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VEON to Close London Office, Cut Jobs After Digital DisasterVEON to Close London Office, Cut Jobs After Digital Disaster

The Russia-focused operator is jettisoning its high-profile digital platform in a move that will hit employees in Amsterdam and London.

Iain Morris

January 18, 2019

5 Min Read
VEON to Close London Office, Cut Jobs After Digital Disaster

VEON's plans to scrap its digital platform, now confirmed by the company, will trigger the loss of about 200 jobs within the organization, Light Reading understands.

The layoffs will include about 100 roles at group headquarters in Amsterdam, where a development team had been working on the platform, and lead to the closure of the operator's London office, previously set up with responsibility for its digital strategy.

VEON, which operates in Russia and various emerging markets, had launched the platform to considerable fanfare at Mobile World Congress in 2017. Seen as an attempt to challenge the over-the-top players on their own turf, the platform underpinned a mobile app that allowed customers to access services from VEON as well as content partners such as MasterCard. (See VEON's Digital Overhaul Much More Than Rebranding and VimpelCom to Pioneer 'Multivendor' NFV; Downbeat on 5G.)

But the initiative seemed to meet with a lukewarm response from customers. Only 8.3 million of VEON's roughly 240 million subscribers were using the app at the end of the 2017 fiscal year, when VEON last provided an update. (See VEON: When Transformation Goes Bad.)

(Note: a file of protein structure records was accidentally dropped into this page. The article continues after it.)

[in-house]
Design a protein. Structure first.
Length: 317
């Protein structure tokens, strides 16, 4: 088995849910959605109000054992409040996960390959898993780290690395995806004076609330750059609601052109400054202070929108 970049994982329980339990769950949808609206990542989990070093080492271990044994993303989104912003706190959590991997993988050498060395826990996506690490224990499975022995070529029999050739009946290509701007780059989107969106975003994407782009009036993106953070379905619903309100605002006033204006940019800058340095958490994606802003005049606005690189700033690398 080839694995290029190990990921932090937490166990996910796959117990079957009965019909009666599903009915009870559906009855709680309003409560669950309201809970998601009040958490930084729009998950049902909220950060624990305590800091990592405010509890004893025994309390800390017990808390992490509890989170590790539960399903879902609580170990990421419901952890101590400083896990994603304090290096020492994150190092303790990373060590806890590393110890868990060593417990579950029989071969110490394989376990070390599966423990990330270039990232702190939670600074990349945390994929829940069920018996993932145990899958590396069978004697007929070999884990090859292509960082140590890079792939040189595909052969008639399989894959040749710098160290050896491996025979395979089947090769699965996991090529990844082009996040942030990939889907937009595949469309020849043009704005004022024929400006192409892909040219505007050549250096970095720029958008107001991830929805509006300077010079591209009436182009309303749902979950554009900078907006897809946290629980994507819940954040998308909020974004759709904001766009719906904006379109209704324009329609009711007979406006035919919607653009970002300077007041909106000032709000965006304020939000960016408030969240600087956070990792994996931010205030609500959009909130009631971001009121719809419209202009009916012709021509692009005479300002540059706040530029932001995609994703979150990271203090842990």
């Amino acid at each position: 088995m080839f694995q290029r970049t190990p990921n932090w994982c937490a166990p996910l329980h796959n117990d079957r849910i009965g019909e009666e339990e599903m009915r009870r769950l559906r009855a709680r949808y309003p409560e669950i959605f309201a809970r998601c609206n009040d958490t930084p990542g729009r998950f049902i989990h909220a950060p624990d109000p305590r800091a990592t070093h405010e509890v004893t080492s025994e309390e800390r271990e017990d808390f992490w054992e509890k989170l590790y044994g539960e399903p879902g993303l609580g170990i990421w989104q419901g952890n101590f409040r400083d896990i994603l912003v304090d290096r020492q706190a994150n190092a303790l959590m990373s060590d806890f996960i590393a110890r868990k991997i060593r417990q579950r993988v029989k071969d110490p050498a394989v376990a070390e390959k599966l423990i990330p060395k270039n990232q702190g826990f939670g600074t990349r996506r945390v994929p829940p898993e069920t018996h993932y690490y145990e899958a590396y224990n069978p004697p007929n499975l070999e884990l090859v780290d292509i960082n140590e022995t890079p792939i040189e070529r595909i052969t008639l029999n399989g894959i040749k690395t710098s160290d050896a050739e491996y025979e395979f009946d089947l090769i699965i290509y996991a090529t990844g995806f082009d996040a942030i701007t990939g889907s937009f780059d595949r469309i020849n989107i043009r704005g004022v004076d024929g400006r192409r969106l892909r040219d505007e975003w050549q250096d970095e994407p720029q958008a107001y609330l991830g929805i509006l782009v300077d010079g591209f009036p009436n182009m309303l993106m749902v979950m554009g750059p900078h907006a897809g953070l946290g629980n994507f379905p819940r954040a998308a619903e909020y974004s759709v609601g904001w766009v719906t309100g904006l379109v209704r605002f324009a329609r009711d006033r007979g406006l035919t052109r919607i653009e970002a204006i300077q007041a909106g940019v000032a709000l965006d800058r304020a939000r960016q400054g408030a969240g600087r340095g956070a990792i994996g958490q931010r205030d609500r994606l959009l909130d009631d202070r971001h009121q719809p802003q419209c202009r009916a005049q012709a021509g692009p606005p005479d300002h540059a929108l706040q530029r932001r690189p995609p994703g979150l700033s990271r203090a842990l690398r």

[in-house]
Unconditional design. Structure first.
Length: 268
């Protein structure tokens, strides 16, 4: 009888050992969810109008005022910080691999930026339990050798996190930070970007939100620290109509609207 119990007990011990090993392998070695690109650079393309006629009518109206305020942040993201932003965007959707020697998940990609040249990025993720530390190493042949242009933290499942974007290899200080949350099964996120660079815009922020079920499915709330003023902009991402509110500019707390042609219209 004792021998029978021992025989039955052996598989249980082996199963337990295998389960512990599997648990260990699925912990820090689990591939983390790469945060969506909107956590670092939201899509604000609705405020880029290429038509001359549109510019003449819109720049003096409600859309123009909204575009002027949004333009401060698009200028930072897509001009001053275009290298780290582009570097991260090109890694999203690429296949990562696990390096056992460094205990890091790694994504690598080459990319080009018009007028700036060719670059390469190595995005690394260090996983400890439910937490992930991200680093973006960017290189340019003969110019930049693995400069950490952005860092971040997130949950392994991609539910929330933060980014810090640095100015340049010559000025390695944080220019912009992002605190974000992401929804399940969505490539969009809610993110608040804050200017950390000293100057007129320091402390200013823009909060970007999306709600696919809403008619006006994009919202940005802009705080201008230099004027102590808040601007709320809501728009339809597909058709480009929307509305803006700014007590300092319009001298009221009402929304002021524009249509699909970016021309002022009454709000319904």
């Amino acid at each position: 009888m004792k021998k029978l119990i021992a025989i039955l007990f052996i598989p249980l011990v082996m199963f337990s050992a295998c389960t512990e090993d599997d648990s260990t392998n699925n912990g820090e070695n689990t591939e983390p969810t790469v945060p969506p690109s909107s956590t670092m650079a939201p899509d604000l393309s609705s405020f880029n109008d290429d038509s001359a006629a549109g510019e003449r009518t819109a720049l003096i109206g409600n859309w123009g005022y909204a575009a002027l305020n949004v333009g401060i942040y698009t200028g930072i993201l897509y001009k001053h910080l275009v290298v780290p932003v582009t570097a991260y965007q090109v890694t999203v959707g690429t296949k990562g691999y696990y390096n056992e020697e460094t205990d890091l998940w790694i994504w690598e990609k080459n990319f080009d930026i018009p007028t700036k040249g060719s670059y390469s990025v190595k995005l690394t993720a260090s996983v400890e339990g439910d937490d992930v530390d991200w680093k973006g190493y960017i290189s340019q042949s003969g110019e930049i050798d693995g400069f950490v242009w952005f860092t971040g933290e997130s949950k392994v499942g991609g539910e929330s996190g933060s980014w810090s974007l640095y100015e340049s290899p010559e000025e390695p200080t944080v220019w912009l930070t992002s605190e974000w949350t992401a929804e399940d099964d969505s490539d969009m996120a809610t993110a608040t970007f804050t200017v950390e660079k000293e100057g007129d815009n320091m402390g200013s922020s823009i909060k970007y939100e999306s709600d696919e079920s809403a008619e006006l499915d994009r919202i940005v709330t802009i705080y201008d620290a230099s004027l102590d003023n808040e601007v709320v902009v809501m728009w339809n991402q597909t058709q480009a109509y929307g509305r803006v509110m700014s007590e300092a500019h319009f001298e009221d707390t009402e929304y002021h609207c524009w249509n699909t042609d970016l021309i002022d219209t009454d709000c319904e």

The decision to stop disclosing details of customer adoption was a sign the digital strategy was not going as planned. Then, in March last year, CEO Jean-Yves Charlier, the man behind that plan, abruptly quit VEON amid deepening shareholder gloom.

Several months later he was followed out of the door by Christopher Schlaeffer, the London-based executive in charge of VEON's digital strategy and a former senior executive at Germany's Deutsche Telekom. Given the latest turn of events, he seems unlikely to be replaced.

In a statement sent by email, VEON said: "In light of changing business priorities, VEON is proposing to discontinue investment in the VEON digital platform. We are currently consulting with employee representatives on the likely impact of this proposal."

Within VEON, there is now a recognition that mistakes were made in marketing the digital platform as a game changer for the business instead of a useful addition to the telco's arsenal of services, Light Reading has learned.

Earlier reports have suggested that VEON is giving up on a digital strategy and going back to its telco roots under new CEO Ursula Burns. But despite the apparent retrenchment, the operator insists that digital services development remains a priority for the group.

What seems likely following the cuts in London and Amsterdam is that individual operating companies will be given more freedom to pursue their own digitalization plans. "Many of our operating companies already offer a range of digital services, including Beeline TV in Russia and Jazz Cash in Pakistan," said VEON in its statement.

James Crawshaw, a senior analyst at Heavy Reading who has been monitoring VEON's numerous digital activities, said there were important lessons to be learned from the latest developments.

"You can't compete head on with OTT apps unless you have a differentiator, which VEON didn't," he told Light Reading. "So if they can't compete at the application layer, maybe telcos should just focus on being competitive at the network layer and do this as efficiently as possible, through automation, in order to sustain profitability."